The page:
(Vienna, 20st March 2012) From 2013, the national breast cancer early detection programme will begin in Austria. The programme is one in which experts from the Comprehensive Cancer Centre at the MedUni Vienna, and especially Thomas Helbich from the University Department of Radiodiagnostics as a member of the group of experts representing the Austrian Health Ministry and the City of Vienna, have played a key role. The unique thing about this national programme is that, in addition to mammography screening, an ultrasound examination is also performed for “dense breast” tissue findings, which is where Austria differs from other European countries.
“The whole of Europe is looking to us,” said Helbich at the EBCC 6 European Breast Cancer Conference, which got underway on Wednesday at the Austria Centre in Vienna. “If we are successful with the additional ultrasound examination, it will become a global standard. Austria is leading the way in this regard.” The positive effect comes from the fact that the ultrasound examination means that more breast cancers can be detected earlier, especially in women whose breast tissue is extremely dense, thereby limiting the usefulness of mammography.
Strict quality criteria for mammography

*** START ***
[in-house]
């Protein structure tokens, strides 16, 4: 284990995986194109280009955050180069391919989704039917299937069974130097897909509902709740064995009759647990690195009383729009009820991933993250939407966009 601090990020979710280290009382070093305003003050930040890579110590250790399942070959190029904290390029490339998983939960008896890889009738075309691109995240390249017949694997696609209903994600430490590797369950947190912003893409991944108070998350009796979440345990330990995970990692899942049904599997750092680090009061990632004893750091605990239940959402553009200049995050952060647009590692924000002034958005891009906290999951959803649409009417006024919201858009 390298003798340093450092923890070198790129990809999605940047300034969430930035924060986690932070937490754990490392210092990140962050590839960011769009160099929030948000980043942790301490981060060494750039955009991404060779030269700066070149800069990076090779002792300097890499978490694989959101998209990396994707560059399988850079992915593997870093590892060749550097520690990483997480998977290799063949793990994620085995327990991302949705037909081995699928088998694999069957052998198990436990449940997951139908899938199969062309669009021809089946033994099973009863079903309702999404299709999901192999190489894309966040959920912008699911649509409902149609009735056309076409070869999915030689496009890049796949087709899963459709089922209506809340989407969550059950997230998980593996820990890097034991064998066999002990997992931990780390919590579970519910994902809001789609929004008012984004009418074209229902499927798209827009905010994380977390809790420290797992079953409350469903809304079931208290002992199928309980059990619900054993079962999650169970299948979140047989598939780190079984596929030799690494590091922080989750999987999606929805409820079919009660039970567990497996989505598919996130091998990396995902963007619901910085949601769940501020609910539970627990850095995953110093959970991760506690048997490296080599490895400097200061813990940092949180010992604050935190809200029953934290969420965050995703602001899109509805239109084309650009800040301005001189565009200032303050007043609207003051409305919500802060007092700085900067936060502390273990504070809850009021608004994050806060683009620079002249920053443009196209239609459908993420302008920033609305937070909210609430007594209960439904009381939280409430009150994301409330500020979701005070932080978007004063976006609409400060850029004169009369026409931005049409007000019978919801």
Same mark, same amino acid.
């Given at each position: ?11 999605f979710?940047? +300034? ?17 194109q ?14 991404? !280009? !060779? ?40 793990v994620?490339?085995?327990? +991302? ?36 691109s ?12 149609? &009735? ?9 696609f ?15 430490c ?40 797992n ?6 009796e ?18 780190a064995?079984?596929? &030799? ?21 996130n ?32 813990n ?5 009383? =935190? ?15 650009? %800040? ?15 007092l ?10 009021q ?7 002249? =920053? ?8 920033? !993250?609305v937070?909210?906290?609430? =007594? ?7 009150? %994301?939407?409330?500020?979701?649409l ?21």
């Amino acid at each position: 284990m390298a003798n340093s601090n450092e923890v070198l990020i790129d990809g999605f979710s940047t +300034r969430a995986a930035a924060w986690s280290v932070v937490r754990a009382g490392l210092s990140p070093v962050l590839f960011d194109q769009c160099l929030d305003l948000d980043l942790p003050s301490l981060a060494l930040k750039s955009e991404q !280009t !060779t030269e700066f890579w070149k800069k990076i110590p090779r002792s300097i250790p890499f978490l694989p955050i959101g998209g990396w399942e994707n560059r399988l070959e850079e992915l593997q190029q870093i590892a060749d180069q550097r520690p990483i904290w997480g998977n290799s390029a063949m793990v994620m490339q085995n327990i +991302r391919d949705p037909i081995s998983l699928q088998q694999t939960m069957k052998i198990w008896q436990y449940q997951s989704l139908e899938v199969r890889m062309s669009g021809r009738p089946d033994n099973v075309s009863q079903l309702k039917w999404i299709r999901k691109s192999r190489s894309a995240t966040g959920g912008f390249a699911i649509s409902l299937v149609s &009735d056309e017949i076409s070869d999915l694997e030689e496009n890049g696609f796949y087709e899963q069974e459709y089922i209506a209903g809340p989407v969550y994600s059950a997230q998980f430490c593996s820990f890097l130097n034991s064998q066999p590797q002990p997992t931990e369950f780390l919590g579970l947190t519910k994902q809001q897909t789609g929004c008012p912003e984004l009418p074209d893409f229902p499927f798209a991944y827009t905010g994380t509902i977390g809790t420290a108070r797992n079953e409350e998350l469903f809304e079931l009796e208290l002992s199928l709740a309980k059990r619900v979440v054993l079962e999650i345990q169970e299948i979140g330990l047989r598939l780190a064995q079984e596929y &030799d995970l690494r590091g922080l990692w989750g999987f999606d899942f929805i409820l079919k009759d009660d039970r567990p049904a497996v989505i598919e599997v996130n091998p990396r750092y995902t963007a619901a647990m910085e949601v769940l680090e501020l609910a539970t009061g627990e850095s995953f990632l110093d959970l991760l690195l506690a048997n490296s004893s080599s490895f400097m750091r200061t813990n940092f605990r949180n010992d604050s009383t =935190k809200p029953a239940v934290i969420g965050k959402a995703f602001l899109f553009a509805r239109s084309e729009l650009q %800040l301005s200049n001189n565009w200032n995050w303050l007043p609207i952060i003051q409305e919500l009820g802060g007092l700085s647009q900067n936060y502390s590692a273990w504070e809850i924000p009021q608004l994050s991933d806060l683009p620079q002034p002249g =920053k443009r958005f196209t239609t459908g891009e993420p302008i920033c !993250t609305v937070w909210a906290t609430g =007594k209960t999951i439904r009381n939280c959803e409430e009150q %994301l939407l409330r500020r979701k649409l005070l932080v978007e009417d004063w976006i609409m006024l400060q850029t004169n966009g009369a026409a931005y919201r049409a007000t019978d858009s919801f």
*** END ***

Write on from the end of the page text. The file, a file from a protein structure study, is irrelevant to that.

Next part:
The programme itself will deliver even more quality to mammography screenings and a nationwide invitation system in several languages in order to reach migrants too: all women in Austria aged between 45 and 69 who are registered with the programme are invited by letter every two years for screening mammography. Younger women from the age of 40 and older women up to the age of 75 can also take part in the programme if they wish. The EU has defined the standards for such examinations in minute detail in a 366-page document. Says Helbich: “This document describes exactly who, when and how we need to examine.”
Every mammogram is reported by two radiologists working independently of each other. All of the clinicians involved with the programme must also satisfy certain quality criteria and have completed appropriate training.
Saving the lives of 400 women a year
One in eight women in Austria will develop breast cancer at some point in their lives, although mortality is relatively low at 20 per cent, thanks to the already high quality of the examinations that are carried out nationwide. However, says Helbich, currently only 40 to 50 per cent of the women whose gynaecologist or general practitioner has strongly advised to have a breast examination will actually go and have a mammography screening. The early detection programme is aimed at achieving a percentage of at least 70% for all women. Says Helbich: “If we achieve this, we can reduce mortality by around 30%.” Around 1,500 women die each year in Austria from breast cancer. The nationwide programme could save the lives of around 400 women. Says Helbich: “This is because the smaller the carcinoma is at the time it is diagnosed, the better the chances of survival.”